I don’t think it’s possible to moth-proof garments totally unless you’re willing to use old-fashioned mothballs, which really aren’t good for either the environment or you.
    I’ve had success in the past, when I lived in ultra-cold western New York, by putting wool garments on a drying rack out on the porch in the winter for a week or so . It freshens the garment and also seems to kill moths in whatever stage they happen to be in. (BTW, this is also a good thing to do with rice, grains, flour, or any food stuff that tends to develop weevils or weevil moths–put newly purchased packages in the freezer for three weeks and the cold will kill the weevil eggs that may be in them. I learned to do this in Asia, where otherwise I would have had weevils and weevil moths throughout my pantry.)
    I have never washed blazers, trousers, or other large garments made of wool at home, but generally do wash sweaters. I have used Eucalan, which can be difficult to find, but I prefer another plant-based liquid cleaner called Vaska, which is available online. It produces low suds and washes out completely with no residue. (It’s great for using in the washer for regular clothes, too, because it washes out completely and is kind to sensitive skin, especially in the winter when detergent residue can cause me no end of itching.)
    Put a few drops of Vaska in a clean sink or basin full of cold water, put in a sweater, then gently push the garment up and down through the water a few times. Let it sit a few minutes, then repeat.
    Drain the water, fill the sink or basin again with fresh cold water, and swish garment to rinse. I generally rinse twice to be sure all the detergent is gone. Drain the water and allow excess water to drain from sweater, then fold the garment gently lengthwise and put it in a washing machine & run the gentle spin cycle. Remove the garment and roll it in a towel and push on the towel gently to blot any excess water. Do not ever twist or wring out the garment.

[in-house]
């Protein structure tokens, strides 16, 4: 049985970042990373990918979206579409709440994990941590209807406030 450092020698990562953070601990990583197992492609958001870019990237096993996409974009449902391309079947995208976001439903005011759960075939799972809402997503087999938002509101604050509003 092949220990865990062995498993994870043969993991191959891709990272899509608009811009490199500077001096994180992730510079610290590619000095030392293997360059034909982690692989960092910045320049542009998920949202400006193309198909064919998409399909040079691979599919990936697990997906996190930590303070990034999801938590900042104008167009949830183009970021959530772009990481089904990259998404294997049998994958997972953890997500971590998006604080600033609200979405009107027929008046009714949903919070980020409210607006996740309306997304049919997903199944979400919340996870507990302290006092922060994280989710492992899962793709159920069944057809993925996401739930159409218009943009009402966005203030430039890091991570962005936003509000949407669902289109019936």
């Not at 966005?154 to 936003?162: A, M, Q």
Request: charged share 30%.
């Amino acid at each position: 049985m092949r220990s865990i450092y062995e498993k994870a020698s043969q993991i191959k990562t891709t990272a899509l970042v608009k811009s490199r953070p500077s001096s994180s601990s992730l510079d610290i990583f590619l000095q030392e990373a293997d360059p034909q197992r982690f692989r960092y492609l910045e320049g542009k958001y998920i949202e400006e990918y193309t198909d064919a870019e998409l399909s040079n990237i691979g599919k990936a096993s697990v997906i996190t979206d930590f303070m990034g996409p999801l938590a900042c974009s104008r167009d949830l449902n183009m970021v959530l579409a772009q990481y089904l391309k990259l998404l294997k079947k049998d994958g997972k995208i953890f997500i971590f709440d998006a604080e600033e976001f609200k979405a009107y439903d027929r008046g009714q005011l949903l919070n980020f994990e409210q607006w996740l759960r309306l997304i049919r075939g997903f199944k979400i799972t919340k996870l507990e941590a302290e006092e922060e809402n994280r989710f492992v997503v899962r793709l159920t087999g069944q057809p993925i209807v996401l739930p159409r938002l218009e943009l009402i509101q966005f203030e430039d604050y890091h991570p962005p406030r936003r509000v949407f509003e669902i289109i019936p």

Dry the garment flat, pushing it gently back into shape.
    This is not as onerous a job as it sounds and really doesn’t take long.
    You spare yourself the considerable expense of dry-cleaning, and VASKA is biodegradable, unlike a lot of dry-cleaning solvents. And the garment is generally softer than it would be if dry cleaned. And a lot more fresh smelling!
    You can gently iron sweaters once they’re dry if they look like they need it.
    As for moth holes, if they’re small I’ve had good luck taking them to my tailor to mend. Sometimes the tailor can do invisible reweaving, but with knits he/she may just have to mend. Generally it’s almost impossible to see the repaired area if your tailor is good.
    Clean items shouldn’t be stored crowded into dark areas. Leaving some space seems to deter some moth larvae (it’s the larvae that actually eat the fibers) activity.
    My husband was a real sweetheart and lined a small closet for me with cedar. That really put the kibosh on moth larvae activity.